With the economic downturn caused by the COVID-19 pandemic, corporate debt piles have grown fatter than ever... The pandemic caused corporate debt to increase $1 trillion last year to more than $11 trillion today – the highest it has ever been. It has nearly doubled since the last financial crisis.
The only reason companies can afford this record debt is because of the Fed's near-zero interest-rate policy over the past decade. But debt has grown so large now that even with near-zero interest rates, many companies are choking on their debt...
Companies that don't earn enough profits to pay for their interest costs are called "zombies." They have no hope of ever paying off their debt. Today, one out of every four public companies is considered a "zombie."
Corporate credit quality is at an all-time low...
The percentage of corporate borrowers who have credit ratings below investment grade – in other words, "'junk" credit – is now at an all-time high of 58%. Said another way, nearly six out of every 10 borrowers in the U.S. have dubious credit ratings. That's up from 43% in 2004.
Here's why that's important... The default rate increases dramatically the further you go down the credit ladder. These are the borrowers who are much more likely to default.
To put it simply, corporate debt has never been larger or more burdensome than it is right now.
The truth is, many companies have only been able to keep paying their bills during the pandemic by borrowing. But you can't borrow yourself out of a crisis...
This historic amount of corporate debt can't go unpaid forever.
A lot of attention has shone on the winners of the "pandemic economy." But for many companies, the shift to a more digital world – as consumers continue to spend time and money differently than they did before – means sales and profits may never reach pre-pandemic levels again... And that means the prospect of repaying or refinancing this mountain of debt becomes less plausible every day...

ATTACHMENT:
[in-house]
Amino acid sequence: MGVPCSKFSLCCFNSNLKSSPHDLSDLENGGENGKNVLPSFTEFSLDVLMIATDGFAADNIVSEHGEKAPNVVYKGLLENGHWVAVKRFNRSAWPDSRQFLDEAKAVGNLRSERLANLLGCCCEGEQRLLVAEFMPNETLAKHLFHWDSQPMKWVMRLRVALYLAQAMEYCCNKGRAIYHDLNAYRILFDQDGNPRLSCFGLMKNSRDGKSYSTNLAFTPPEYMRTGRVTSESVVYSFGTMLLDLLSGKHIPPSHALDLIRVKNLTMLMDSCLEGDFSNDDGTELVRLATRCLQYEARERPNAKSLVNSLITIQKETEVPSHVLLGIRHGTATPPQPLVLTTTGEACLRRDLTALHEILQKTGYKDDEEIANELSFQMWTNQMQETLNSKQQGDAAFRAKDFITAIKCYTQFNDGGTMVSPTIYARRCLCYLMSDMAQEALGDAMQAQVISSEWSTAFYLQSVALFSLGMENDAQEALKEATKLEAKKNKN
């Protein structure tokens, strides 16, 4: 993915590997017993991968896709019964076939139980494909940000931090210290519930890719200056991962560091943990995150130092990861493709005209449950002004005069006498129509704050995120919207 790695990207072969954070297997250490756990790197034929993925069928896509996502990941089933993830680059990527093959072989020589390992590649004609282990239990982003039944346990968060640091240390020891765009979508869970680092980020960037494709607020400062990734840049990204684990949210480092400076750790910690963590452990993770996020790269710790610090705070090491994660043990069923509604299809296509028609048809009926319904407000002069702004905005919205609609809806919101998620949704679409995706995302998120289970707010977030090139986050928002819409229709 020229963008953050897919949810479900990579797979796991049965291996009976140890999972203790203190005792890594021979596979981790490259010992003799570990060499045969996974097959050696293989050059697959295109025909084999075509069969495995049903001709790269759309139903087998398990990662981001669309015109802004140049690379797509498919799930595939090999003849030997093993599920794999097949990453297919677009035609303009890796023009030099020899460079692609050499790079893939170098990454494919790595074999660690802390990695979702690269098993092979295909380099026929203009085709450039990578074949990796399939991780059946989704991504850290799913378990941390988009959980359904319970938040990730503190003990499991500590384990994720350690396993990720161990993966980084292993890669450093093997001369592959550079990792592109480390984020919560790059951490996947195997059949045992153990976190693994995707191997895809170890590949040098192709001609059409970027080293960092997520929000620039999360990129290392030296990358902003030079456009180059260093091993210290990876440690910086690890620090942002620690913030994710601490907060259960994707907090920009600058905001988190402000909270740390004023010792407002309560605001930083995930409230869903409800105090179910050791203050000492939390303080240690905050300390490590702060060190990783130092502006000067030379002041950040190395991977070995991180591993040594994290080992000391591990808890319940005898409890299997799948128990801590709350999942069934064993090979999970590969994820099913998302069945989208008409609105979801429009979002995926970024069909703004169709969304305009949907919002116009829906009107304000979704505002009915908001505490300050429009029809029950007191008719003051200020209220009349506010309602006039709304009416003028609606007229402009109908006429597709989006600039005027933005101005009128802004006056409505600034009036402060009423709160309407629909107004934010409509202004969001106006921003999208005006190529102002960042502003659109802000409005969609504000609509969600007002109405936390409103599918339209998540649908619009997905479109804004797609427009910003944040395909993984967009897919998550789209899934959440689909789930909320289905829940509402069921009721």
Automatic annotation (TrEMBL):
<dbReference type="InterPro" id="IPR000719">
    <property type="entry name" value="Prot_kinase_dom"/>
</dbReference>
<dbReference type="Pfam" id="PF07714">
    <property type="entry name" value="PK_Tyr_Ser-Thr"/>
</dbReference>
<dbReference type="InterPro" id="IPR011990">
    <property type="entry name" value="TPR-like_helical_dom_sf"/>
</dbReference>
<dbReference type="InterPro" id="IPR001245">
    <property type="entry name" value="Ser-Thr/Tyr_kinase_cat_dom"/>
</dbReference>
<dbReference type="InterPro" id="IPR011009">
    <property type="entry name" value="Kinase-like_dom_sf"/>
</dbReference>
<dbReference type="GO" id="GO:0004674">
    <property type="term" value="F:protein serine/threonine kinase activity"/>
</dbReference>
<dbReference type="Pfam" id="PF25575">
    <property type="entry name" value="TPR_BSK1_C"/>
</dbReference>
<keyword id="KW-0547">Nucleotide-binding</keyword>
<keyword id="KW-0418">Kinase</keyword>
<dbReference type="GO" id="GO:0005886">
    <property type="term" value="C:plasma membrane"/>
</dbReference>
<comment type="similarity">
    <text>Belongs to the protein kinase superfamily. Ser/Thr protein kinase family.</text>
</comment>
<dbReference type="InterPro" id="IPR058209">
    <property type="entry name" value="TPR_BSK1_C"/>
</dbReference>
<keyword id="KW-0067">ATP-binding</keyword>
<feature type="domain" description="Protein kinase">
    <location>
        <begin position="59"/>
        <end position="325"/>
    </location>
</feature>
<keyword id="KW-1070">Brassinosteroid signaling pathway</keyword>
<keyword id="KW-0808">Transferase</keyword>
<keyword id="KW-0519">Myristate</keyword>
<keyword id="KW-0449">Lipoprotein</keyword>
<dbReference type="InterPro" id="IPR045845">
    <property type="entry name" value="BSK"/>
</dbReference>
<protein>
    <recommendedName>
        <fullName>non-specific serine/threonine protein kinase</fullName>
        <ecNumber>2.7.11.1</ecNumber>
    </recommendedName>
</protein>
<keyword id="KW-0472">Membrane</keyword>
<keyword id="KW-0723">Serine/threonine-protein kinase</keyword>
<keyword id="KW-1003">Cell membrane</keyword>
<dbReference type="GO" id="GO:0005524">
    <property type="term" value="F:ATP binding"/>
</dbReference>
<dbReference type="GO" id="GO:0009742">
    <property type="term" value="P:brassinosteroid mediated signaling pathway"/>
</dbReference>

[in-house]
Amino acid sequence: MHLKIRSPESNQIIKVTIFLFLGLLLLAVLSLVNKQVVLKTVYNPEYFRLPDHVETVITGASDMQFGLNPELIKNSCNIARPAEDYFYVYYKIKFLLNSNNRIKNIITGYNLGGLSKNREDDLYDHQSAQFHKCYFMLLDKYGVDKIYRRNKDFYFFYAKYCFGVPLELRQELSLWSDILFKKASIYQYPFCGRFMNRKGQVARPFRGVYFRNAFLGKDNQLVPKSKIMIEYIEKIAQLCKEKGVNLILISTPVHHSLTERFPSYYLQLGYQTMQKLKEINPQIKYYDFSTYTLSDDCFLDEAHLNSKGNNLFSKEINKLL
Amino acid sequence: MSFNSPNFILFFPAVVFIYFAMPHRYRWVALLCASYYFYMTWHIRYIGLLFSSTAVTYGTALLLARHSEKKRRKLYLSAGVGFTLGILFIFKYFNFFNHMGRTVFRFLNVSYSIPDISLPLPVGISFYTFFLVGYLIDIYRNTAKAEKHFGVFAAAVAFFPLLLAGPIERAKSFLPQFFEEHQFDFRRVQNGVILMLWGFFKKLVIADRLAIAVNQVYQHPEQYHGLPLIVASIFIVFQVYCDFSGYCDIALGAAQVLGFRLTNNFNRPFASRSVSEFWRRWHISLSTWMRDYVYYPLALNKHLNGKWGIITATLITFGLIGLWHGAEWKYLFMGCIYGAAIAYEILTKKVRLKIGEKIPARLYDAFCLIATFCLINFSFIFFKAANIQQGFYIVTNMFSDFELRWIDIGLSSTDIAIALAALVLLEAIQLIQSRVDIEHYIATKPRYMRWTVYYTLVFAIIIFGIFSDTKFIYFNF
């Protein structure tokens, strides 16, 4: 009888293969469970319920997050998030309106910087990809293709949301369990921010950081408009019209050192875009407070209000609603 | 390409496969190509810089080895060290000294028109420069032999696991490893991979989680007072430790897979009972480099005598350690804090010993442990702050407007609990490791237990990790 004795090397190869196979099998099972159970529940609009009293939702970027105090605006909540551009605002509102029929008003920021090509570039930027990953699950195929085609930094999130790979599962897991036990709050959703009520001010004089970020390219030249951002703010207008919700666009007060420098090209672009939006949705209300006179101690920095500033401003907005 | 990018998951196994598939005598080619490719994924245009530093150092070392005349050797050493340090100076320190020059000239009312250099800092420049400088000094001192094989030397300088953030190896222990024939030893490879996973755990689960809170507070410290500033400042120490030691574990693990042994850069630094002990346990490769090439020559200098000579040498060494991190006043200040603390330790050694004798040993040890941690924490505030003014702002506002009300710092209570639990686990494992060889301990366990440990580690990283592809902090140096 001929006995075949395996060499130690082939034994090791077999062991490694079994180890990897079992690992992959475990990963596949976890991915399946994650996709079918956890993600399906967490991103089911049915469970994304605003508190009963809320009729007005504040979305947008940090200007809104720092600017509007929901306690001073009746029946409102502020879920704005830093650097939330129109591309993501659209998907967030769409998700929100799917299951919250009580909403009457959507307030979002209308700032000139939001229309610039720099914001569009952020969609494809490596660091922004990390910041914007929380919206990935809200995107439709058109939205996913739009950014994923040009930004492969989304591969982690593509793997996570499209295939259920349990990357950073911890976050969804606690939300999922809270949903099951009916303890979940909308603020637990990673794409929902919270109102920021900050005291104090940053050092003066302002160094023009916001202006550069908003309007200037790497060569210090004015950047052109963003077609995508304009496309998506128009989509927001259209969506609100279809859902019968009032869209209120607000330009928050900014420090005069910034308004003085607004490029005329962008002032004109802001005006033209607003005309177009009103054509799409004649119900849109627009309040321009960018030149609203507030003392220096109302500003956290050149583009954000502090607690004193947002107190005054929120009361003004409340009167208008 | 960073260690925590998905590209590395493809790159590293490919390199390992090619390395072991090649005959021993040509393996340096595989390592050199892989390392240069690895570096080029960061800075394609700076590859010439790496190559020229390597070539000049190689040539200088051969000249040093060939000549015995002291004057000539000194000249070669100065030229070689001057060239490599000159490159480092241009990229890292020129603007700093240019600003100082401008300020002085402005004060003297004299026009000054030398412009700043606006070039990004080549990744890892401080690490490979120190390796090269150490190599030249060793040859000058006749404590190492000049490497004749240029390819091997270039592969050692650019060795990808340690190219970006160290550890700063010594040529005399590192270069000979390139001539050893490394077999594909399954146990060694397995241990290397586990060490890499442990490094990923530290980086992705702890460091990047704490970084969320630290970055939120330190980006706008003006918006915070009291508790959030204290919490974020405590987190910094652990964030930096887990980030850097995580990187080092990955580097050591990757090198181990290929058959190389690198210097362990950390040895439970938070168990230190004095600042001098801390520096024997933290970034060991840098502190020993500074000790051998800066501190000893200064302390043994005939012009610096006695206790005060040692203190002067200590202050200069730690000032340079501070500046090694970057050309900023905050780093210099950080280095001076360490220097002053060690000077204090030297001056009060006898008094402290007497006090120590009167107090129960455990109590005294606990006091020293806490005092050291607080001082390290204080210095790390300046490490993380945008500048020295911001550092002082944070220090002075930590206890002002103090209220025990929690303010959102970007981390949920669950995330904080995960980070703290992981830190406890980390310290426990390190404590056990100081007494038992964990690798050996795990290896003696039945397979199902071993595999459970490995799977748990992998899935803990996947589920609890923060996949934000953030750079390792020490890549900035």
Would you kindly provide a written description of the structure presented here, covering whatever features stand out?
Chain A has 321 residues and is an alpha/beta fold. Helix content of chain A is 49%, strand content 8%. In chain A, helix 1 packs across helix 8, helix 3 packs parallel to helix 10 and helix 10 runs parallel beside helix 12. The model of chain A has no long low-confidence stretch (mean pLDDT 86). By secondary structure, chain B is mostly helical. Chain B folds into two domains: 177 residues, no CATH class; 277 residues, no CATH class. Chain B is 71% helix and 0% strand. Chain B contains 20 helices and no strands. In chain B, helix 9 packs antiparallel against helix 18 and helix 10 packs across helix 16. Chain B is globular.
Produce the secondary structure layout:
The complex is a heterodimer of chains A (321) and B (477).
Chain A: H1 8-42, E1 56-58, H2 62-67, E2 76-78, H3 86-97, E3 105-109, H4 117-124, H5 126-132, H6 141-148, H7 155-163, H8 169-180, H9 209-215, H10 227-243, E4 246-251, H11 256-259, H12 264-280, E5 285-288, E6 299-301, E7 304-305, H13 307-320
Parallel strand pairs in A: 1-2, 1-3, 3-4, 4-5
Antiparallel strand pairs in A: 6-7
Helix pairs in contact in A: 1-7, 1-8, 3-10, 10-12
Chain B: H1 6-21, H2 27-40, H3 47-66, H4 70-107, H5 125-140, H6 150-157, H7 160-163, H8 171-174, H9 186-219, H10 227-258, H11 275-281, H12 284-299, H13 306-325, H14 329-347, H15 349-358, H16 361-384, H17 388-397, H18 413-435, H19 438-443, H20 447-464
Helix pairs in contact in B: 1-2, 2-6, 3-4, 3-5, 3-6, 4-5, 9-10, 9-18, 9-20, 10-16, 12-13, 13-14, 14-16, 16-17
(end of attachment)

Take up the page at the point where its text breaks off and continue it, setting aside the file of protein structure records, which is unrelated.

This leads me to believe much of this debt won't ever be paid back.
The only way out of this debt hole for these companies is bankruptcy. I'm confident we'll see the collapse of many companies in the months and years ahead.
Last year, 146 U.S. companies defaulted on their debt, according to credit-ratings agency Standard & Poor's (S&P). That's the highest number of defaults since 195 companies defaulted in 2009 during the last financial crisis.
In a normal credit cycle bottom, all of the bad debt from the excesses of the cycle gets wiped away, leaving corporations with less leverage. That's what we saw during the last financial crisis... But that didn't happen this time.
Corporate debt hasn't fallen... As I said, it has grown even higher than ever before.
Excessive debt balances can only continue to rise for so long. Eventually – and in most cases, suddenly – companies will collapse.
We are approaching a new credit crisis where many companies will fail and bond prices will plummet. Unsuspecting investors will be wiped out.
It's more important now than ever to not lose discipline... or get caught up in the meme-stock mania. Avoiding the market's zombies – in all their forms – should be your No. 1 priority in today's frenzied markets.
Editor's note: Mike sees a credit collapse on the horizon... And those who don't know it's coming will be hit hard. But Mike says by investing outside of traditional stocks – in assets protected from the market frenzy – you can make once-in-a-lifetime returns using one technique... while nearly everyone else is watching their hard-earned wealth disappear. Learn more about this strategy right here.